Article Text

Repeatability and sensitivity to change of non-invasive end points in PAH: the RESPIRE study
  1. Andrew J Swift1,
  2. Frederick Wilson2,
  3. Marcella Cogliano1,
  4. Lindsay Kendall2,
  5. Faisal Alandejani1,
  6. Samer Alabed1,
  7. Paul Hughes1,
  8. Yousef Shahin1,
  9. Laura Saunders1,
  10. Charlotte Oram1,
  11. David Capener1,
  12. Alex Rothman1,
  13. Pankaj Garg1,
  14. Christopher Johns1,
  15. Matthew Austin1,
  16. Alistair Macdonald1,
  17. Jo Pickworth1,
  18. Peter Hickey1,
  19. Robin Condliffe3,
  20. Anthony Cahn2,4,
  21. Allan Lawrie1,
  22. Jim M Wild1,
  23. David G Kiely1,3
  1. 1 Department of Infection, Immunity and Cardiovascular Disease, The University of Sheffield, Sheffield, UK
  2. 2 Research and Development, GlaxoSmithKline, Stevenage, Hertfordshire, UK
  3. 3 Sheffield Pulmonary Vascular Disease Unit, Royal Hallamshire Hospital, Sheffield, UK
  4. 4 Department of Respiratory Medicine, Bedford Hospital, Bedford, UK
  1. Correspondence to Dr Andrew J Swift, Department of Infection, Immunity and Cardiovascular Disease, The University of Sheffield, Sheffield S10 2JF, UK; a.j.swift{at}


End points that are repeatable and sensitive to change are important in pulmonary arterial hypertension (PAH) for clinical practice and trials of new therapies. In 42 patients with PAH, test–retest repeatability was assessed using the intraclass correlation coefficient and treatment effect size using Cohen’s d statistic. Intraclass correlation coefficients demonstrated excellent repeatability for MRI, 6 min walk test and log to base 10 N-terminal pro-brain natriuretic peptide (log10NT-proBNP). The treatment effect size for MRI-derived right ventricular ejection fraction was large (Cohen’s d 0.81), whereas the effect size for the 6 min walk test (Cohen’s d 0.22) and log10NT-proBNP (Cohen’s d 0.20) were fair. This study supports further evaluation of MRI as a non-invasive end point for clinical assessment and PAH therapy trials.

Trial registration number NCT03841344.

  • primary pulmonary hypertension
  • imaging/CT MRI etc

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Pulmonary arterial hypertension (PAH) is progressive, leading to right ventricular (RV) failure and death.1 Accurate measurement of RV function is important for assessment of disease severity and prognosis.2–4 Despite new therapies and improvements in survival,5 PAH remains a life-shortening condition. MRI is the gold standard for RV assessment,6 has prognostic value2 and predicts clinical worsening7 in PAH. A trial end point that is highly repeatable, is sensitive to treatment and predicts outcomes would be highly desirable.8 9 MRI has been proposed as a trial end point in PAH,8 9 however, there is limited data on repeatability and treatment effect size.



Patients with PAH who were treatment-naïve commencing therapy, prevalent undergoing escalation of therapy and clinically stable requiring no escalation of therapy, were recruited. See online supplemental file S1.

Supplemental material

Study investigations

Investigations performed at visit 1 included N-terminal pro-brain natriuretic peptide (NT-ProBNP), 6 min walk test (6MWT) and MRI. Follow-up visits 2 and 3 occurred approximately 6 months after study visit 1. Visits 2 and 3 occurred within 24 hours of each other (online supplemental figure S2).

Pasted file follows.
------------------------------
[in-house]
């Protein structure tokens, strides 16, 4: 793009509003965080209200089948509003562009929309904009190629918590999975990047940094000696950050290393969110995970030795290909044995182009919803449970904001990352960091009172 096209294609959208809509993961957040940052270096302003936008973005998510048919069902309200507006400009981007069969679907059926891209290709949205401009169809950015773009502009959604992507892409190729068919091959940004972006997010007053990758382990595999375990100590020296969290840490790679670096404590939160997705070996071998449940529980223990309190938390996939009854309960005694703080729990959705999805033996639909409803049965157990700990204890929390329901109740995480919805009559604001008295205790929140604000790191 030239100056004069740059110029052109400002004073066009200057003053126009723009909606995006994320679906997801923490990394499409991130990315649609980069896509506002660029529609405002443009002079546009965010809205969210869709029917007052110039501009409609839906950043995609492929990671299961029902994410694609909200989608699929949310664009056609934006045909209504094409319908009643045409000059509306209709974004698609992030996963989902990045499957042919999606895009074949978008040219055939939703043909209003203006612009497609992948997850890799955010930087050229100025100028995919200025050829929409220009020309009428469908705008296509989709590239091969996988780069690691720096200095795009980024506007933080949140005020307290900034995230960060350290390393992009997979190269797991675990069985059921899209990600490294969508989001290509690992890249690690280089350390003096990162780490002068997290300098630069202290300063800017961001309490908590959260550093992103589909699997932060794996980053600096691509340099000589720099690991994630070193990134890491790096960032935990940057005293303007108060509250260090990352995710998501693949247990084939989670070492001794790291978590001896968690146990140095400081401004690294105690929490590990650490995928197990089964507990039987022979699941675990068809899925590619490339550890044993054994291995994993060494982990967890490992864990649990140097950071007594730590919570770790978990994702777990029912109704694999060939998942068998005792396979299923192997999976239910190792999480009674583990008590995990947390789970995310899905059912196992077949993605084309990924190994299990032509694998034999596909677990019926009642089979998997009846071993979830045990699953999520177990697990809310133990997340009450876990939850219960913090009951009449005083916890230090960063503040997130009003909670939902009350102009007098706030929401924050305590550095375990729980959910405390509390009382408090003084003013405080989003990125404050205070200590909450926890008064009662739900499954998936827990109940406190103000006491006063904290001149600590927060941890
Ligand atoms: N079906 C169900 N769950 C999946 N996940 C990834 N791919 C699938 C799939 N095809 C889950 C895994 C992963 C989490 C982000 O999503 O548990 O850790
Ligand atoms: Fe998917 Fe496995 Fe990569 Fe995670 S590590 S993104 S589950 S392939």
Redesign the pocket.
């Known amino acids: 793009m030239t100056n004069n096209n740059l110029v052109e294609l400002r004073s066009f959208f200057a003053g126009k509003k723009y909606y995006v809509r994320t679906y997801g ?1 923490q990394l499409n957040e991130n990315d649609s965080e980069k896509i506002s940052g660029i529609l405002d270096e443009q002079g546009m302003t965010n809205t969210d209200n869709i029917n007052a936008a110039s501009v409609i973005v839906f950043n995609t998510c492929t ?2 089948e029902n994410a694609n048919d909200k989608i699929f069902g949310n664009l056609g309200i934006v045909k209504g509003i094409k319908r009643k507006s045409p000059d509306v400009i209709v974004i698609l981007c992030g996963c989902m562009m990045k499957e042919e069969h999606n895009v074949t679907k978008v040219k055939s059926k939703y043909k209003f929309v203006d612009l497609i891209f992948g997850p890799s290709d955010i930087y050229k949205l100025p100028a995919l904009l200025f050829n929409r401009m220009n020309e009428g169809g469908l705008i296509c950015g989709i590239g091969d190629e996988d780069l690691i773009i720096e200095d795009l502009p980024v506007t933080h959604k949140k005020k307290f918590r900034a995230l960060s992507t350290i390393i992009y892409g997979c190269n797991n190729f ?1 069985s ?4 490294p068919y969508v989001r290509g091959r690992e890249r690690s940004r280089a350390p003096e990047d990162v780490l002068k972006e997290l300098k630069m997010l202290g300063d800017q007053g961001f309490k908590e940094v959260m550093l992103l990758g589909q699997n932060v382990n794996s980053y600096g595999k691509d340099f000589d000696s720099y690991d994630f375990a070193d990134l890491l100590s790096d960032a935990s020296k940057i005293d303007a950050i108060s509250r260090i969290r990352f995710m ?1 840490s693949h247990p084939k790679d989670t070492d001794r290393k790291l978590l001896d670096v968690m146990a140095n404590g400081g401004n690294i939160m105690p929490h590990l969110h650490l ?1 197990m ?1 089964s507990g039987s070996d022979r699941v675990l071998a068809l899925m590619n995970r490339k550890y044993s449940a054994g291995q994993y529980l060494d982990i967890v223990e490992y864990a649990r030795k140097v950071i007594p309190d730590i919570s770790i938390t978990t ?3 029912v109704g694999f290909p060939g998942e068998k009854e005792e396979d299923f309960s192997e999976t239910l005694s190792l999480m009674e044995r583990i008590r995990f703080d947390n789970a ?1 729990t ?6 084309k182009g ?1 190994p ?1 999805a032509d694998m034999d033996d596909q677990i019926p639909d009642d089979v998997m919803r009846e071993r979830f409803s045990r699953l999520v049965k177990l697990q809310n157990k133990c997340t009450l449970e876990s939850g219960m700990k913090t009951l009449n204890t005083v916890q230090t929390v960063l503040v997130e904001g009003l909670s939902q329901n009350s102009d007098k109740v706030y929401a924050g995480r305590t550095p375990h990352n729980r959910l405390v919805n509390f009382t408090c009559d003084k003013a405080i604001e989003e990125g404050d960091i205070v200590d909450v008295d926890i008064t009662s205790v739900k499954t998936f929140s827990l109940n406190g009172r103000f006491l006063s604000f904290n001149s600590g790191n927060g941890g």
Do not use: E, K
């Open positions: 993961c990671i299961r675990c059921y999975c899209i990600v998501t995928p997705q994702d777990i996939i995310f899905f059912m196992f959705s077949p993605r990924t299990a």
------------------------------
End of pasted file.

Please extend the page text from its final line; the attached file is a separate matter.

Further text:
Supplemental material

MRI acquisition and analysis

All MRI examinations were performed on either a 1.5 T GE HDx (GE Healthcare, Milwaukee, USA) whole body scanner using an 8-channel cardiac coil or a 3 T Philips Ingenia (Best, The Netherlands) whole body scanner using a 32-channel dStream torso coil (online supplemental file S1). Analysis of MRI was undertaken blinded to the patient’s data. RV parameters and pulmonary arterial flow were analysed on Qmass MEDIS suite (V., Medical Imaging Systems, The Netherlands) on short axis and phase contrast images, respectively. Regions of interest were drawn on the pulmonary artery and left atrium of the dynamic contrast-enhanced perfusion images to calculate first pass pulmonary transit time and full width at half maximum using in-house software (see online supplemental figure S3).

Supplemental material

Six min walk test and NT-ProBNP

The 6MWT was performed by a respiratory physiologist. NT-ProBNP analysis was performed on patient plasma samples using the Luminex 100/200 multiplex analyser using the cardiovascular marker kit (HCVD1MAG-67K Millipore) at the end of the study.

Statistical analysis

Repeatability was determined by the intraclass correlation coefficient (ICC) using a two-way mixed absolute agreement model with the average measure recorded. An ICC of ≥0.75 was considered excellent, 0.60–0.74 good, 0.40–0.59 fair and <0.40 poor. Mean difference and 95% CIs were presented where appropriate. Cohen’s d (calculated with the averaged SD, dav) was used to assess the standardised treatment effect size between visit 1 and visit 2.10 A Cohen’s d value of <0.20 was considered no change, 0.20–0.49 was considered fair change, 0.50–0.79 was considered a medium change and ≥0.80 was considered a large change. All analysis was performed on SPSS V.22 and GraphPad Prism V.16.



Of 42 patients who completed the study, 16 were incident and treatment-naïve and initiated PAH therapy, 12 were prevalent and underwent an escalation of therapy and 14 were stable on therapy with no change in treatment occurring between the study visits.(online supplemental table S5).

Test–test repeatability (visits 2 and 3)

In patients with PAH, test–test repeatability was assessed between visits 2 and 3; 6MWT (ICC 0.987) and log10NT-ProBNP (ICC 0.772) had excellent repeatability. Of cardiac MRI metrics (table 1), all showed excellent repeatability. Data for MRI pulmonary flow and perfusion transit times are shown in table 1.

Table 1

Repeatability in all patients with PAH (ICC), and treatment effect size for patients with PAH initiating or escalating PAH therapy

Treatment effect size (visits 1 and 2)

For all patients, initiating or escalating therapy (n=28), the only measurement with a large treatment effect size was RV ejection fraction (Cohen’s d 0.81). The 6MWT (Cohen’s d 0.22) and NT-ProBNP (Cohen’s d 0.20) demonstrated a fair treatment effect size (table 1). Figure 1 shows Cohen’s d values for the top three MRI end points, the 6MWT and NT-proBNP. Figure 2 shows ICC versus Cohen’s d value for all end points. In patients initiating PAH therapy, RV ejection fraction (Cohen’s d 0.99), diastolic septal angle (Cohen’s d 0.88) and peak pulmonary arterial flow velocity (Cohen’s d 0.92) had a large treatment effect size. In patients escalating therapy, RV ejection fraction, RV stroke volume and pulmonary arterial pulsatility had a medium effect size, whereas NT-ProBNP (Cohen’s d 0.02) and 6MWT (Cohen’s d 0.07) demonstrated no treatment effect (see online supplemental figure S4). The stable patient group showed either no or fair changes across all measured parameters (online supplemental table S6).